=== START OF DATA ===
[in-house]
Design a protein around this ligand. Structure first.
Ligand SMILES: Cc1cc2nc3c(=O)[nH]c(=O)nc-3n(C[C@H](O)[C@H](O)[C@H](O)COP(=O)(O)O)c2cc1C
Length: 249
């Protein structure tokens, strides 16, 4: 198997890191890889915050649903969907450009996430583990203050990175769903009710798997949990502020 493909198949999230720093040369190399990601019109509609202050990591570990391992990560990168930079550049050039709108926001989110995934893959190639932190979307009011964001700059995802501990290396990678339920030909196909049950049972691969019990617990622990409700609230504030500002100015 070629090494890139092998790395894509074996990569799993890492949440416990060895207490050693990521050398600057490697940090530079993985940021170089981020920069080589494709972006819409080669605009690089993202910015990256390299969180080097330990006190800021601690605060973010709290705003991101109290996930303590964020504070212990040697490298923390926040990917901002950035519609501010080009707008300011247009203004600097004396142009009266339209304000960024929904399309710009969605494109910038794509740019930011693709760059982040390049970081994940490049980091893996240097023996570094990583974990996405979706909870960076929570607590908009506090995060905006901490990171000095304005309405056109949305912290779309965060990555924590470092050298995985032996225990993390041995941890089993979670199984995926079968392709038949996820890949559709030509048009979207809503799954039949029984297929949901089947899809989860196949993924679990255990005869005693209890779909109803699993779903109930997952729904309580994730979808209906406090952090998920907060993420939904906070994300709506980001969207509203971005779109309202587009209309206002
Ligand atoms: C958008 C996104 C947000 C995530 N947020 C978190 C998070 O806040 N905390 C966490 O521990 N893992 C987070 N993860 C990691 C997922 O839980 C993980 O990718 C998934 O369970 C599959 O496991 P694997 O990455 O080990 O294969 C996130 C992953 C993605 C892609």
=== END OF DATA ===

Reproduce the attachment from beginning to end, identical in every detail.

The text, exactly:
[in-house]
Design a protein around this ligand. Structure first.
Ligand SMILES: Cc1cc2nc3c(=O)[nH]c(=O)nc-3n(C[C@H](O)[C@H](O)[C@H](O)COP(=O)(O)O)c2cc1C
Length: 249
């Protein structure tokens, strides 16, 4: 198997890191890889915050649903969907450009996430583990203050990175769903009710798997949990502020 493909198949999230720093040369190399990601019109509609202050990591570990391992990560990168930079550049050039709108926001989110995934893959190639932190979307009011964001700059995802501990290396990678339920030909196909049950049972691969019990617990622990409700609230504030500002100015 070629090494890139092998790395894509074996990569799993890492949440416990060895207490050693990521050398600057490697940090530079993985940021170089981020920069080589494709972006819409080669605009690089993202910015990256390299969180080097330990006190800021601690605060973010709290705003991101109290996930303590964020504070212990040697490298923390926040990917901002950035519609501010080009707008300011247009203004600097004396142009009266339209304000960024929904399309710009969605494109910038794509740019930011693709760059982040390049970081994940490049980091893996240097023996570094990583974990996405979706909870960076929570607590908009506090995060905006901490990171000095304005309405056109949305912290779309965060990555924590470092050298995985032996225990993390041995941890089993979670199984995926079968392709038949996820890949559709030509048009979207809503799954039949029984297929949901089947899809989860196949993924679990255990005869005693209890779909109803699993779903109930997952729904309580994730979808209906406090952090998920907060993420939904906070994300709506980001969207509203971005779109309202587009209309206002
Ligand atoms: C958008 C996104 C947000 C995530 N947020 C978190 C998070 O806040 N905390 C966490 O521990 N893992 C987070 N993860 C990691 C997922 O839980 C993980 O990718 C998934 O369970 C599959 O496991 P694997 O990455 O080990 O294969 C996130 C992953 C993605 C892609």